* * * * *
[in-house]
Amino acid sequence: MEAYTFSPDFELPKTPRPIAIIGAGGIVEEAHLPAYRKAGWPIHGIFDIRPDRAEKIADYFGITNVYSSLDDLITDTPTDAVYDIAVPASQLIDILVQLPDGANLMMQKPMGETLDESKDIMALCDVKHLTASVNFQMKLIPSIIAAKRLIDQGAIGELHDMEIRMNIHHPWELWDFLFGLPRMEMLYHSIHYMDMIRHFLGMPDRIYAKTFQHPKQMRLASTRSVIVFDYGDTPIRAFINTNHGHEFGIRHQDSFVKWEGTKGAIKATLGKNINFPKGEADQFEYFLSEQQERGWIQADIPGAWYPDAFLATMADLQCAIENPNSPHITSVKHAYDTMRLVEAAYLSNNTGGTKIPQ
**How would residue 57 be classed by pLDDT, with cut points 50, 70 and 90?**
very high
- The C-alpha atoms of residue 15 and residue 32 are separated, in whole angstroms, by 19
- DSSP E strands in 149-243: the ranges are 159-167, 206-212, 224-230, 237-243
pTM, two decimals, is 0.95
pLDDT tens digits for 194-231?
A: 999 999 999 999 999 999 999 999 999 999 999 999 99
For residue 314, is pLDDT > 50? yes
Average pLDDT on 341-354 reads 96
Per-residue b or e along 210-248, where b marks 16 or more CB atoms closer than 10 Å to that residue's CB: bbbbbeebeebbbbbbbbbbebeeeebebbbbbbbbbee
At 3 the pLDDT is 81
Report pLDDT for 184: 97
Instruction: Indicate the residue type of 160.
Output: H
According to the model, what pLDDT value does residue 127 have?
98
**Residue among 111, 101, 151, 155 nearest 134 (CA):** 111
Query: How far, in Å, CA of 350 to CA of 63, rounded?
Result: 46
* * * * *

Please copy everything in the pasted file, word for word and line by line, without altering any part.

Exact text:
[in-house]
Amino acid sequence: MEAYTFSPDFELPKTPRPIAIIGAGGIVEEAHLPAYRKAGWPIHGIFDIRPDRAEKIADYFGITNVYSSLDDLITDTPTDAVYDIAVPASQLIDILVQLPDGANLMMQKPMGETLDESKDIMALCDVKHLTASVNFQMKLIPSIIAAKRLIDQGAIGELHDMEIRMNIHHPWELWDFLFGLPRMEMLYHSIHYMDMIRHFLGMPDRIYAKTFQHPKQMRLASTRSVIVFDYGDTPIRAFINTNHGHEFGIRHQDSFVKWEGTKGAIKATLGKNINFPKGEADQFEYFLSEQQERGWIQADIPGAWYPDAFLATMADLQCAIENPNSPHITSVKHAYDTMRLVEAAYLSNNTGGTKIPQ
**How would residue 57 be classed by pLDDT, with cut points 50, 70 and 90?**
very high
- The C-alpha atoms of residue 15 and residue 32 are separated, in whole angstroms, by 19
- DSSP E strands in 149-243: the ranges are 159-167, 206-212, 224-230, 237-243
pTM, two decimals, is 0.95
pLDDT tens digits for 194-231?
A: 999 999 999 999 999 999 999 999 999 999 999 999 99
For residue 314, is pLDDT > 50? yes
Average pLDDT on 341-354 reads 96
Per-residue b or e along 210-248, where b marks 16 or more CB atoms closer than 10 Å to that residue's CB: bbbbbeebeebbbbbbbbbbebeeeebebbbbbbbbbee
At 3 the pLDDT is 81
Report pLDDT for 184: 97
Instruction: Indicate the residue type of 160.
Output: H
According to the model, what pLDDT value does residue 127 have?
98
**Residue among 111, 101, 151, 155 nearest 134 (CA):** 111
Query: How far, in Å, CA of 350 to CA of 63, rounded?
Result: 46